Characteristics of patients with spontaneous cerebrospinal fluid otorrhea treated with a transmastoid repair

Jonathan McJunkin, Joyce Kim, Richard J. Wiet, Robert Battista

Research output: Contribution to journalReview article

Abstract

Objective: To examine the relationship of body mass index (BMI) and the results of transmastoid repair of adult patients with spontaneous cerebrospinal fluid (CSF) otorrhea. Study Design: Retrospective Case Review. Setting: Tertiary Referral Private Practice. Patients: Patients presenting with spontaneous CSF otorrhea. Intervention:Transmastoid repair of temporal bone defect. Main Outcome Measures: Patients presenting with spontaneous CSF otorrhea over a consecutive 12-year period were examined. Clinic and operative records were reviewed to obtain the clinical presentation, examination findings, BMI, results of repair, location and size of skull base defect(s), and methods of repair. Preoperative MRIs were studied for evidence of empty sella and encephalocele. Results: Seventeen patients were included in the study. The mean age was 61 years and 9 patients were female. Average length of follow up was 21 months. Average body mass index (BMI) was 34.7 kg/m2. Evidence of partial or empty sella was present in 82% of MRIs reviewed. Sixty-five percent of patients had an encephalocele. Forty-seven percent had more than one bony defect along the tegmen tympani or mastoideum. All 17 patients were repaired initially using a transmastoid approach. The patient with the highest BMI (50.2 kg/m2) required revision surgery via a middle fossa approach 27 months after initial repair due to a recurrent leak.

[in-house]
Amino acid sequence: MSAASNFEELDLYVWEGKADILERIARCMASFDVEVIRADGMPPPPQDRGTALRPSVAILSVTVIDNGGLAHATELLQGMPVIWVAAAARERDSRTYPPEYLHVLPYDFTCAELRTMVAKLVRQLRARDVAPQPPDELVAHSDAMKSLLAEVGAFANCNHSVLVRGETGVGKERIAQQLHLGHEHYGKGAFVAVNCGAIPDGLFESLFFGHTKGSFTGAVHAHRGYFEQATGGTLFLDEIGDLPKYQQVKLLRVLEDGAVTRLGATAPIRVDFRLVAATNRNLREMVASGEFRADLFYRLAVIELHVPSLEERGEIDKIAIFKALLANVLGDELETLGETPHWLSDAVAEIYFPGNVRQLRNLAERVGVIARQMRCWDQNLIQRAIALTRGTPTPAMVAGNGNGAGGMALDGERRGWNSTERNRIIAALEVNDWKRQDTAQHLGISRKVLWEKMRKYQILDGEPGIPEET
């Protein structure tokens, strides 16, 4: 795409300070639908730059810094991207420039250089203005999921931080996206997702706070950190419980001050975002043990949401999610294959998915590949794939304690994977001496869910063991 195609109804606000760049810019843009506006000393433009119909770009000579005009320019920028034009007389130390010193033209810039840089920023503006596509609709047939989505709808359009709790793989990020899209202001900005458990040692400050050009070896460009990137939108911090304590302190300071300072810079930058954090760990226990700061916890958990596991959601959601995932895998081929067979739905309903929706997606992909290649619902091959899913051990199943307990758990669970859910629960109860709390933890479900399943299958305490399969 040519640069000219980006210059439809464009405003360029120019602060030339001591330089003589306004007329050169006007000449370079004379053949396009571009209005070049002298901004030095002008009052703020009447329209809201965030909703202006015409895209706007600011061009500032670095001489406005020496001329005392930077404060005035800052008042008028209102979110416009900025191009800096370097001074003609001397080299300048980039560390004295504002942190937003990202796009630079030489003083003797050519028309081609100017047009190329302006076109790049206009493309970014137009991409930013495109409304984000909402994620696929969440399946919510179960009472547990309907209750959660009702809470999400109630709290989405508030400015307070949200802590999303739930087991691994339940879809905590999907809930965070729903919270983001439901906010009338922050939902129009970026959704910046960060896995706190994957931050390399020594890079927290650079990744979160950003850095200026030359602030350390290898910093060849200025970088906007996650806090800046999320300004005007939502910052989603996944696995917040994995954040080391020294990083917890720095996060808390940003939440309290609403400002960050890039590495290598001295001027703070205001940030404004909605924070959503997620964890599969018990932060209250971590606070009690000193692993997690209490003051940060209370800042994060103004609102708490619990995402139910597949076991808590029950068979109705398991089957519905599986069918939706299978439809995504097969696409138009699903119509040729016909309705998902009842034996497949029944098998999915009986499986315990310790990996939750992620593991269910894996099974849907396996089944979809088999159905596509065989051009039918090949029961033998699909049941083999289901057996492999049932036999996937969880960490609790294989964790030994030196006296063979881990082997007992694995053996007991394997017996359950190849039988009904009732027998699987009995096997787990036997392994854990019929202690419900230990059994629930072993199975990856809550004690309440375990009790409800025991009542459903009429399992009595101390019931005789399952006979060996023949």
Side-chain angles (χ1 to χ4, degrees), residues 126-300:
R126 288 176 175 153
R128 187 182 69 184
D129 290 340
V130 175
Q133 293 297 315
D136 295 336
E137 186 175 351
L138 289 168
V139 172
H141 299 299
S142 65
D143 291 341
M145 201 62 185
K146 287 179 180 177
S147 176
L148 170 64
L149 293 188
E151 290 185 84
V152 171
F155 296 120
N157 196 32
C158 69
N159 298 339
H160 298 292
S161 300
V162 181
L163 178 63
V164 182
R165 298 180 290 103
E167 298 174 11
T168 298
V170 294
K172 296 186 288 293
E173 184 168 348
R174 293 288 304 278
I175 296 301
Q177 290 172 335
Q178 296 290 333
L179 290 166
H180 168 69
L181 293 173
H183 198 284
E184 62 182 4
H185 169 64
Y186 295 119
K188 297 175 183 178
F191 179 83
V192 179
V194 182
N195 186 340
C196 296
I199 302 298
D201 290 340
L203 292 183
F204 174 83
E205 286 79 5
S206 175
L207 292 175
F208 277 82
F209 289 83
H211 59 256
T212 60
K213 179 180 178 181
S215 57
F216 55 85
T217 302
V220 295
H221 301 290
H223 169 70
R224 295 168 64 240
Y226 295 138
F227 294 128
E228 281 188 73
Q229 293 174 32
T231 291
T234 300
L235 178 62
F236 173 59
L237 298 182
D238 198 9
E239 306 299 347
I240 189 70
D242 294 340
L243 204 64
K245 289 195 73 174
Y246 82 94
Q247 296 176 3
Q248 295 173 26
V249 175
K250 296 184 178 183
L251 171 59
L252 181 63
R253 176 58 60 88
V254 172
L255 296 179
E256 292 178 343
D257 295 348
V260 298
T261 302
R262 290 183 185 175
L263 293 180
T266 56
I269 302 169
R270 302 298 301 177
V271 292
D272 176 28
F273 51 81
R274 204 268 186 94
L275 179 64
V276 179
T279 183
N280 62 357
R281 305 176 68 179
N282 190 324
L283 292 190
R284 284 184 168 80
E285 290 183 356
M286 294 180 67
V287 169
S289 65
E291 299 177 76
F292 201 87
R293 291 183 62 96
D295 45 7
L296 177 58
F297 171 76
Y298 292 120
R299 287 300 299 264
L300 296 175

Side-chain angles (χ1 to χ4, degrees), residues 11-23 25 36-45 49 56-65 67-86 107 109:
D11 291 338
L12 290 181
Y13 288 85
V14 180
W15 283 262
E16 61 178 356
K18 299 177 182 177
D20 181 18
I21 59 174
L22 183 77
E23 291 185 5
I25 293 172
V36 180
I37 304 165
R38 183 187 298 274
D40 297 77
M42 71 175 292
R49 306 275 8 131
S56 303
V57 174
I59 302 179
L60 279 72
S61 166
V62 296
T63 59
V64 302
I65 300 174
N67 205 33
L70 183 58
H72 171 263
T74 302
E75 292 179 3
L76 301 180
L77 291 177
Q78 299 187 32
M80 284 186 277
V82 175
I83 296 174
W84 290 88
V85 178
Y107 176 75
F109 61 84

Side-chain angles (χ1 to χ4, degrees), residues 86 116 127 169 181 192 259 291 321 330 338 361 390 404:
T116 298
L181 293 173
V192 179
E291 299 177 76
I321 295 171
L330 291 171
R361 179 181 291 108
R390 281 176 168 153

Original languageEnglish
Pages (from-to)S327
JournalLaryngoscope
Volume121
Issue numberSUPPL. 5
DOIs
StatePublished - Aug 29 2011
Externally publishedYes

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